By now, you probably know what to do if you have a mild case of COVID-19: Isolate, monitor your symptoms, and seek help if they become severe. What you might not know is what to eat if you test positive to start feeling well again, as quickly as possible.
Though research on how specific foods can impact your recovery from the SARS-CoV-2 virus is still in its infancy, it's well-known that a balanced, nutrient-dense diet is key to maintaining a robust immune system. Below, everything to know about what to put on your plate when you have COVID-19.
What We Know About Diet and COVID-19
There’s no proof that eating certain foods will make your COVID-19 symptoms go away faster, dietitian Toby Amidor, RD, CDN, author of The Family Immunity Cookbook, told Health. “There is no scientific evidence to make the association between eating for a healthy immune system to help lessen the duration of COVID-19,” Amidor says. But some foods (and, more specifically, the nutrients they contain) appear to help the body mount a more successful response to invaders.
Vitamin D specifically is a key component of immune health. A 2017 review and meta-analysis published in The BMJ found that vitamin D supplementation—especially in participants who were deficient—was found to protect against acute respiratory tract infections. Other micronutrients—like vitamin C, vitamin B6, and vitamin E, among others—have also been associated with better immune health. Certain macronutrients, like fiber and protein, have been linked to stronger immunity, as well.
Fermented foods may play a role in immune health, too. According to a 2021 study published in the journal Cell, consumption of fermented foods led to more microbiome diversity—which can impact immune response.
That said, much of the research around diet and immunity hinges on dietary habits established before coming down with an illness. In other words: Your immune system can't achieve powerhouse status overnight.
For many people, eating during a bout of COVID-19 mainly means eating well to feel well. Here are several foods to add to your grocery order if you or someone in your home has COVID-19.
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Fruits and Vegetables
Eating plenty of fruits and vegetables is a great way to build up general health and immune health. Fruits and veggies high in immune-supporting micronutrients like vitamins A, C, D, and zinc include:
- Citrus fruits
- Sweet potatoes
- Bell peppers
Not only do these foods supply key micronutrients, many of them give you a boost of complex carbohydrates. These can keep your energy levels steadier throughout the day, which might be beneficial when dealing with COVID-19 fatigue.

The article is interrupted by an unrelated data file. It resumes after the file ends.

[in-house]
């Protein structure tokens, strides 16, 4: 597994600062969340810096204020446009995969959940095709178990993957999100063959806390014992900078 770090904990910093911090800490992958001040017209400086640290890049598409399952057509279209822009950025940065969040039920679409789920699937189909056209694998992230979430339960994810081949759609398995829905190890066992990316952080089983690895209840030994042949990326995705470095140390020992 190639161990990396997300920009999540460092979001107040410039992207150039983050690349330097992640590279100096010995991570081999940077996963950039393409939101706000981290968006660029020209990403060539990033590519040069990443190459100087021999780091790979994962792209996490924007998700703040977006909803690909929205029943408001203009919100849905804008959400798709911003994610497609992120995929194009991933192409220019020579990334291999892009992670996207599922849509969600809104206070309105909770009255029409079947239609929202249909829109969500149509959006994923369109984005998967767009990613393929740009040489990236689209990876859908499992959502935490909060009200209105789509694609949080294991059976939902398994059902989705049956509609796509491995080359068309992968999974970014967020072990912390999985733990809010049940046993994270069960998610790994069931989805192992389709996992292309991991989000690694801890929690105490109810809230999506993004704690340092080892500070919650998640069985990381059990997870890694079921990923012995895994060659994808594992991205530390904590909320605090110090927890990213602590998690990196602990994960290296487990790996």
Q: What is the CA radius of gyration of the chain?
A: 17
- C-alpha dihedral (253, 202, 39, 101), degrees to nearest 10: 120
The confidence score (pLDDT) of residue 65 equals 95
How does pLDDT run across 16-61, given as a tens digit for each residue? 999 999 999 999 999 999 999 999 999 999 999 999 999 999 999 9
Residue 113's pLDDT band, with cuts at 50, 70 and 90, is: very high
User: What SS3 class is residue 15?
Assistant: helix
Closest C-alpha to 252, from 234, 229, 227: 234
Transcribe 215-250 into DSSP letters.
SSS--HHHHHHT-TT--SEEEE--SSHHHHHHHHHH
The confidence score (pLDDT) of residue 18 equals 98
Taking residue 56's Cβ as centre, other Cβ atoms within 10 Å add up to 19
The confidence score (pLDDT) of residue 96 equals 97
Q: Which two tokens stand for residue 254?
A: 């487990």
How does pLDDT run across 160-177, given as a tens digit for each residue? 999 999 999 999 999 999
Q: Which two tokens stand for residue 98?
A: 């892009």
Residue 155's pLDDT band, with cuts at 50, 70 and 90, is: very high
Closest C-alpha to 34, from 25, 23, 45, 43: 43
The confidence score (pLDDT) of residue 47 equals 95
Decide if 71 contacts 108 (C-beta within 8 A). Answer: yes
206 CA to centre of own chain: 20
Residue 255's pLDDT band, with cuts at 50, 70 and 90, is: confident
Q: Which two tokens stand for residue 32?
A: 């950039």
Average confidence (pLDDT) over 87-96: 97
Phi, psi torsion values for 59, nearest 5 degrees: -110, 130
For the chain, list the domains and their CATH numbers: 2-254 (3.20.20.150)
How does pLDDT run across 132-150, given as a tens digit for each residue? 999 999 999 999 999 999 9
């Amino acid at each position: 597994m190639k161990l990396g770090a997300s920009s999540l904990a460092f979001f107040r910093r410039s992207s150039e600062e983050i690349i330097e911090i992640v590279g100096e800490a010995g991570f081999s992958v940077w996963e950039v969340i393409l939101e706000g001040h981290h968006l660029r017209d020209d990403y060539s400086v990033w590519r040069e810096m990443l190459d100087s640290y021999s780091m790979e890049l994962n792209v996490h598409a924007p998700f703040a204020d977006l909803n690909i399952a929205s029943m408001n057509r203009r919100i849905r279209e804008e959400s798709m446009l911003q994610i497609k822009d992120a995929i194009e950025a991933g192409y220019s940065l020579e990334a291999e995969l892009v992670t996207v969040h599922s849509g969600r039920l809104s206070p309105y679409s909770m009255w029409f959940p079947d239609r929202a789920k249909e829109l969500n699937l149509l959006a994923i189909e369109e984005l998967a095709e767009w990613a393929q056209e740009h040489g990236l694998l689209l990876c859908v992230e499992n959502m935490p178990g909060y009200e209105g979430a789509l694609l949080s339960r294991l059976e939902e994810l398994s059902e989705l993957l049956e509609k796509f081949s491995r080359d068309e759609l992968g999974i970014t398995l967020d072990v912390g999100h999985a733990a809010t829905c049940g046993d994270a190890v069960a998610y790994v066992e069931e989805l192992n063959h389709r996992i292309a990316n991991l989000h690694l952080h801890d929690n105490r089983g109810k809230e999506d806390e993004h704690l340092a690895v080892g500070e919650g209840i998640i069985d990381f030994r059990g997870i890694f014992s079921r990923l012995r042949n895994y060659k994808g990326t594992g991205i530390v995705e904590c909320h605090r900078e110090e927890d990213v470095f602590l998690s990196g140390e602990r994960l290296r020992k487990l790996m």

If a sore or scratchy throat means fresh fruits won’t go down easily, try them blended in a smoothie. Or, if you’re in the mood for something warm, consider soup. “Soup is a great way to sneak in veggies and is light on the stomach,” dietitian Ana Reisdorf, MS, RD, told Health.
The prebiotic fiber in whole grains provides “food” for healthy bacteria to flourish in the digestive system. A thriving microbiome is associated with a better-functioning immune system—most likely because beneficial bacteria in the digestive tract reduce inflammation.
If COVID-19 has you down for the count, try oatmeal and barley. Both contain a fiber called beta-glucan, which is well known for its anti-inflammatory properties. (And, since both have a naturally smooth texture, they shouldn’t aggravate a scratchy throat.) Other nutritious, high-fiber grains include quinoa, whole wheat pasta, whole wheat bread, and brown rice.
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Of the three macronutrients—protein, fat, and carbs—protein is known for its ability to build muscle and repair tissues. It also serves as the backbone of all your cells, including immune cells. Getting too little of it impairs immune function and puts you at greater risk of infectious disease, according to research published in the British Journal of Nutrition.
Many protein sources also contain micronutrients, Amidor said, explaining that beef gives you both. "Beef helps immunity because it has the mineral zinc, which is involved in many metabolic activities in your body, including the production of protein and wound healing," she said. Amidor, who partners with the National Cattlemen's Beef Association, recommended choosing lean cuts of beef whenever possible.